Pro golfers are just like us… sometimes

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Screenshot: PGA

Ten inches — it was a putt that should have been nothing for the world’s current top golfer, Jon Rahm. But something just went wrong. He didn’t take a full stance, strolling up to the ball on the green to tap it in. The ball traveled about three inches before coming to a stop, turning what would have been a par-3 into a bogey for the hole as Rahm had to take a second crack at it.


The misstep occurred on the seventh hole in the first round of the Arnold Palmer Invitational. Rory McIlroy has a solid lead at the moment, though Rahm and several other golfers are still in contention as the tournament continues over the next two days.

Rahm has been sitting atop the world golf rankings for 40 weeks after finishing first at the 2021 U.S. Open and in the top eight of the other three 2021 majors. The shot he was taking has a make-percentage of over 99.9 percent, according to the PGA. It’s the shortest miss on tour this season. But hey, it happens sometimes — mostly to the rest of us, but sometimes to the best of us.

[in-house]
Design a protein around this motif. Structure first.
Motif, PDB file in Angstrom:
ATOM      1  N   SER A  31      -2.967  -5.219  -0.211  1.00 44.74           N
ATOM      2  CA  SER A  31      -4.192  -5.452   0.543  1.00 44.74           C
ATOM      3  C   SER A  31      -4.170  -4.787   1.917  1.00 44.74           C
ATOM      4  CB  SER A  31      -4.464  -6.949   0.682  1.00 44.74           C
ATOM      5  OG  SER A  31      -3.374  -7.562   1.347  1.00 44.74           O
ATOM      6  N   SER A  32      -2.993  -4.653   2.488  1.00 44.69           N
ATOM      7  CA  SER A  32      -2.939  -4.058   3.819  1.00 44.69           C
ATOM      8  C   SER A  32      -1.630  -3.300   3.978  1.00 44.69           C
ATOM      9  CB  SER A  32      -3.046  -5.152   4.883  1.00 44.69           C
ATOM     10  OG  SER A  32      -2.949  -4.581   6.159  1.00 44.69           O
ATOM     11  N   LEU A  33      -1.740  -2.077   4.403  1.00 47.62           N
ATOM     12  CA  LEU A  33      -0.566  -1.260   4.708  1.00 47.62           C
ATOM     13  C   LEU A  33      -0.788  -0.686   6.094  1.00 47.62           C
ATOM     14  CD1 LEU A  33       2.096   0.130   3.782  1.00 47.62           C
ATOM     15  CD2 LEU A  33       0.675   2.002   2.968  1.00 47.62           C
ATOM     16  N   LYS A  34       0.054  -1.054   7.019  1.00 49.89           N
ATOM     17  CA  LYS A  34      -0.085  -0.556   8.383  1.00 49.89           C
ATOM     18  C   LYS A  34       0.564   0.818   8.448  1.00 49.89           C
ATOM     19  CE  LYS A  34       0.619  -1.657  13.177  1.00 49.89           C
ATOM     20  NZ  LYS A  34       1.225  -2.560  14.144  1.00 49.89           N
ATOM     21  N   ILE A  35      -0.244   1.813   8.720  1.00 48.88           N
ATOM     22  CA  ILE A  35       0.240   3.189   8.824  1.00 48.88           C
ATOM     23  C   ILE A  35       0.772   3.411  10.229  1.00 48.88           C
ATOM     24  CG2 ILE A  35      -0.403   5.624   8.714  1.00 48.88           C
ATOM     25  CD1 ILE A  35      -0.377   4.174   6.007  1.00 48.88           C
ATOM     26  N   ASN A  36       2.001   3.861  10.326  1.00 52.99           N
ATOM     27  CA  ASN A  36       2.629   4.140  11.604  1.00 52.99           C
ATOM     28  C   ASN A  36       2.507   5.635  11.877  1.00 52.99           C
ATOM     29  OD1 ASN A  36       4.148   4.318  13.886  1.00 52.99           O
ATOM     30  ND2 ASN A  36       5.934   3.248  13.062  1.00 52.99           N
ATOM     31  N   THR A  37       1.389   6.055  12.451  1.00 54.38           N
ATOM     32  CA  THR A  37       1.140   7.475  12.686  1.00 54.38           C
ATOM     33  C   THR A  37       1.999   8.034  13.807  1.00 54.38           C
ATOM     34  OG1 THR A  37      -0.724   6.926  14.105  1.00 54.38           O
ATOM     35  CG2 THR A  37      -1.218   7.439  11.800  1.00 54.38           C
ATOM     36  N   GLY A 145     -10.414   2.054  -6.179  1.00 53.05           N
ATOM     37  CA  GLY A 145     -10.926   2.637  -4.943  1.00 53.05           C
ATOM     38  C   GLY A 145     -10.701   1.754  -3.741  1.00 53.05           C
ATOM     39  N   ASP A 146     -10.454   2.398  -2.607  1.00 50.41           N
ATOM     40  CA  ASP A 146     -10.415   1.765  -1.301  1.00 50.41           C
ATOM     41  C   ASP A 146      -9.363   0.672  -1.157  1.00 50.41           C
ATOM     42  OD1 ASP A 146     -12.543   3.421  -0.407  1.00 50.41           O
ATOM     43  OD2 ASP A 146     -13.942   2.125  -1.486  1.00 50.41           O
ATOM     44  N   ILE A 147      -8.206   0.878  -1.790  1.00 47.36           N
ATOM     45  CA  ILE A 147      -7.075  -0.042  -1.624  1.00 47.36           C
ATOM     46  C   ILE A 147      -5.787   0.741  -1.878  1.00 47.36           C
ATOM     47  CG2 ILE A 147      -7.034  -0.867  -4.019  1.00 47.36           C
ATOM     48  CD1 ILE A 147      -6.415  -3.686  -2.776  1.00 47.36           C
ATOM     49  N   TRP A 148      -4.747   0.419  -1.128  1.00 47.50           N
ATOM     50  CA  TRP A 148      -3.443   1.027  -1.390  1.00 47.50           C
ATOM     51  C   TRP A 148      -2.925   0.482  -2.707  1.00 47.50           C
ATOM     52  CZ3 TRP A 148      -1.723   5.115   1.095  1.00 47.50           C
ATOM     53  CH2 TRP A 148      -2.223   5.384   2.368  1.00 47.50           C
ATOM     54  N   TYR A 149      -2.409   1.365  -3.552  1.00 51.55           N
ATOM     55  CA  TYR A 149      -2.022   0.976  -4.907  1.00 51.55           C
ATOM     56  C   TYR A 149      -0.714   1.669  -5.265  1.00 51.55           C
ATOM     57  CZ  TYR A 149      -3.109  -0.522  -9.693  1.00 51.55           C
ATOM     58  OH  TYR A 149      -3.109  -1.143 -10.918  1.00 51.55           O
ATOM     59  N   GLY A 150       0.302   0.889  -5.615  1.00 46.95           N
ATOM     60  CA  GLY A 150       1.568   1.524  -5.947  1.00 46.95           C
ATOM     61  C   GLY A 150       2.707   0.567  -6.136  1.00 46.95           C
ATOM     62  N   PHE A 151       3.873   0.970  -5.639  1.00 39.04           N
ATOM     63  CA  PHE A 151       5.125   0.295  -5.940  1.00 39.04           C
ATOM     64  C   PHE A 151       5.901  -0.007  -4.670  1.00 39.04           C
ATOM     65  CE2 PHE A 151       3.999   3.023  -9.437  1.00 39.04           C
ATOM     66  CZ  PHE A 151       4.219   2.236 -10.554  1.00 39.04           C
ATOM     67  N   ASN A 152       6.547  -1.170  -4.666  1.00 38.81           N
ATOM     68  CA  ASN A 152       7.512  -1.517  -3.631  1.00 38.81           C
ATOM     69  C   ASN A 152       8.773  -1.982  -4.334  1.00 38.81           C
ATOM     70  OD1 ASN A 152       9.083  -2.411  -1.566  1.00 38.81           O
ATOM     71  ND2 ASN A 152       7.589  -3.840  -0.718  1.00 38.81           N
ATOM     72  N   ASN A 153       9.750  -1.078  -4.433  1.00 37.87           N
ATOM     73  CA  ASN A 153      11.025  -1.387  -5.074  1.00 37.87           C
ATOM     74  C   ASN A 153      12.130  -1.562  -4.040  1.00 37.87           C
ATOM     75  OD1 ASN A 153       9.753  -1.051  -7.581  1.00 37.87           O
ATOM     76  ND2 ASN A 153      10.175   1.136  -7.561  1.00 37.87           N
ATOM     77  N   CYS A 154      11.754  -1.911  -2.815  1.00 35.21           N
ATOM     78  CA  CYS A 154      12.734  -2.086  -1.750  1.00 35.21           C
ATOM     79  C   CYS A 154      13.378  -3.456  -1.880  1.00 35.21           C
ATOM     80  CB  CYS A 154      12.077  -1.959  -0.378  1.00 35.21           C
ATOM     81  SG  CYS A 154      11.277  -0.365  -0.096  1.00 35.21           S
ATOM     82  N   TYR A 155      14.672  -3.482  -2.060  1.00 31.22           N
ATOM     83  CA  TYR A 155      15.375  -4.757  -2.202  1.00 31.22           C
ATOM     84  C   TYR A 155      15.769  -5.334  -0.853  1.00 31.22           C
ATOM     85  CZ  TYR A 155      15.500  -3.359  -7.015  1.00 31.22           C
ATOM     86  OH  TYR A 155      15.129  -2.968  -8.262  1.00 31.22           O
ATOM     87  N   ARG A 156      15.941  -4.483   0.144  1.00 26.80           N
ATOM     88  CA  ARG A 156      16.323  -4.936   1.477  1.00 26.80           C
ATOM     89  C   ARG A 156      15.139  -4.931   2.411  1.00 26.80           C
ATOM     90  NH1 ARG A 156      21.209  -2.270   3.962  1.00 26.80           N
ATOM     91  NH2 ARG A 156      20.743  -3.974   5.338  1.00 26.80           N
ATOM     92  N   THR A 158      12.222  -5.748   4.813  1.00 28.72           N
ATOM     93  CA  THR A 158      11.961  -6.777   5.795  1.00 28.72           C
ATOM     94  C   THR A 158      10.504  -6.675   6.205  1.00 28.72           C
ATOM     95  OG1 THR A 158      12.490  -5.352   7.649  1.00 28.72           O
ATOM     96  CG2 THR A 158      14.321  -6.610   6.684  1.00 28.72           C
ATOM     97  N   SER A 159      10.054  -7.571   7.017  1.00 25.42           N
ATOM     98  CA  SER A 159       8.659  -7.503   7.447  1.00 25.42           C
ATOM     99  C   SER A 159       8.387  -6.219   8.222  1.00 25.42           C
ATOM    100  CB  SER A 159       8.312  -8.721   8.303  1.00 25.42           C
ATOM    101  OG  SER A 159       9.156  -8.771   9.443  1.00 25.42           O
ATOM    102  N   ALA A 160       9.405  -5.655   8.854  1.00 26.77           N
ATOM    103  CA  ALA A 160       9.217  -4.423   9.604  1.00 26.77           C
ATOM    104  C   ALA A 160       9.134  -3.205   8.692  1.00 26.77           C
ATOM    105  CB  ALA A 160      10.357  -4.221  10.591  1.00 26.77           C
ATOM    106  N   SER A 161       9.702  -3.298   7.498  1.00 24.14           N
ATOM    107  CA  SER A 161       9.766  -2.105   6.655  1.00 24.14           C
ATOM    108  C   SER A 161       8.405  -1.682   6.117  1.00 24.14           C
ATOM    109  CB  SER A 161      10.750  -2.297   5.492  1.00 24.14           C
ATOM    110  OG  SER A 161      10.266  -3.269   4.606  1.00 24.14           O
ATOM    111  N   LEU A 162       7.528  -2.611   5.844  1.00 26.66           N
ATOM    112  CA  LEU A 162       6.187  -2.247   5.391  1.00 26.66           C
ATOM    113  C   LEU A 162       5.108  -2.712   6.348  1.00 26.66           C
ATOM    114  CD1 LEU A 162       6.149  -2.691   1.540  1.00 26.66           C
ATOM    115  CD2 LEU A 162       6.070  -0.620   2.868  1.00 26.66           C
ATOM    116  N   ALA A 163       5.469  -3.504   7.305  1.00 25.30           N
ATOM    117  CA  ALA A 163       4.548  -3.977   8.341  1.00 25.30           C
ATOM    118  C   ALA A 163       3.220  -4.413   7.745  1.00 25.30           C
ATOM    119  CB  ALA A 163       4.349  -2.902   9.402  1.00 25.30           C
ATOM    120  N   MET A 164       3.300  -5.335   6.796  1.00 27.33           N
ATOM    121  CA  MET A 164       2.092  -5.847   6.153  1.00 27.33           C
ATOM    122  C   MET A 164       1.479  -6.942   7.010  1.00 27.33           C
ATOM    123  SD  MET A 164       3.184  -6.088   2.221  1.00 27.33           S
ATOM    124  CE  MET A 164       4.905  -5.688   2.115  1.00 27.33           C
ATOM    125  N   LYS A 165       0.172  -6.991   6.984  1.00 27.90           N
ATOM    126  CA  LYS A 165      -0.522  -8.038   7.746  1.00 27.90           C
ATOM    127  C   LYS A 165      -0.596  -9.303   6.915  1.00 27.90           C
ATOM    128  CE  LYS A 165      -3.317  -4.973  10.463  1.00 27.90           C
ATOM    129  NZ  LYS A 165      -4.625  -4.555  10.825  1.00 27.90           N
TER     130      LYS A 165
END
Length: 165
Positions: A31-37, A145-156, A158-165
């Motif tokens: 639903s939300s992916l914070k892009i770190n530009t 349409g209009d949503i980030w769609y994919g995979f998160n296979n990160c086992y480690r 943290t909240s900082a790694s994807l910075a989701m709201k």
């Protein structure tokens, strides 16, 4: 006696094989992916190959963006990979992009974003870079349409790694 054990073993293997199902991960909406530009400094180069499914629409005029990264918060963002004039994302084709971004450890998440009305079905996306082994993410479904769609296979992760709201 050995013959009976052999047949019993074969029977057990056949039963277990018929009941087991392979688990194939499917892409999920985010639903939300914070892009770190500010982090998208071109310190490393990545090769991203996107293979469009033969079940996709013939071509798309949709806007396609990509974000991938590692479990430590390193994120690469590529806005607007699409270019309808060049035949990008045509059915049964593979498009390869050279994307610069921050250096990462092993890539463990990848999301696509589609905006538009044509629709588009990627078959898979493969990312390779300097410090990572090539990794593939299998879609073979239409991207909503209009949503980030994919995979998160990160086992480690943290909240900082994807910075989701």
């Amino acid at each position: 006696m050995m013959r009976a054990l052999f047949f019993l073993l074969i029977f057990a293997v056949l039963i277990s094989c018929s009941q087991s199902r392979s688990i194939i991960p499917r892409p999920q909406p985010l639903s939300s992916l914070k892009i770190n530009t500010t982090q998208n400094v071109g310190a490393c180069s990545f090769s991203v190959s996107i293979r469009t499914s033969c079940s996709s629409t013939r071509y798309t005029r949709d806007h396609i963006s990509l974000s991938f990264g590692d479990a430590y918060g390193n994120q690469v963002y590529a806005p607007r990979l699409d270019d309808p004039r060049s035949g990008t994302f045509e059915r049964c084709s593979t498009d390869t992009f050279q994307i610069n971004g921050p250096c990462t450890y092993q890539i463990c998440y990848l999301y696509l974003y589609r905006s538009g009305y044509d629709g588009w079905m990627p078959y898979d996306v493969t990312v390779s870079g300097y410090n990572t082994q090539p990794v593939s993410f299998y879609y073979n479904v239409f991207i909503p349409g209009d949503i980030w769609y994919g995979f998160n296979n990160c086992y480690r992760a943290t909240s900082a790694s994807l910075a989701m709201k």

And he’s not the first poor soul this kind of thing has ever happened to as at the 1985 Ryder Cup, Craig Stadler missed a 14-inch putt that would have won the match, and Europe went on to take the trophy. Stewart Cink missed a tap-in at the 2001 U.S. Open (much higher stakes than the Arnold Palmer Invitational), and Hale Irwin actually completely whiffed the ball on a tap-in putt during the 1983 Open Championship.

In 2021, golfer Justin Warren missed a one-footer in a qualifier that, had he made the putt, would have given him his first ever PGA Tour start. McIlroy had a really helpful piece of advice afterwards — “Don’t miss one-footers, I guess.” Maybe he’ll pass that nugget of wisdom onto Rahm this week, as well.

Rahm has only one major win under his belt at 27 years old, but fellow pro Pat Perez told Golf Digest that Rahm doesn’t plan on retiring until he’s beaten Jack Niklaus’ 18 major wins, which even Tiger Woods has found himself unable to do as he approaches 50. Perez also believes that Rahm will not face the injuries that Tiger has suffered because of his golf swing.


He’ll have his next shot in a month when the 2022 Masters kicks off at Augusta.

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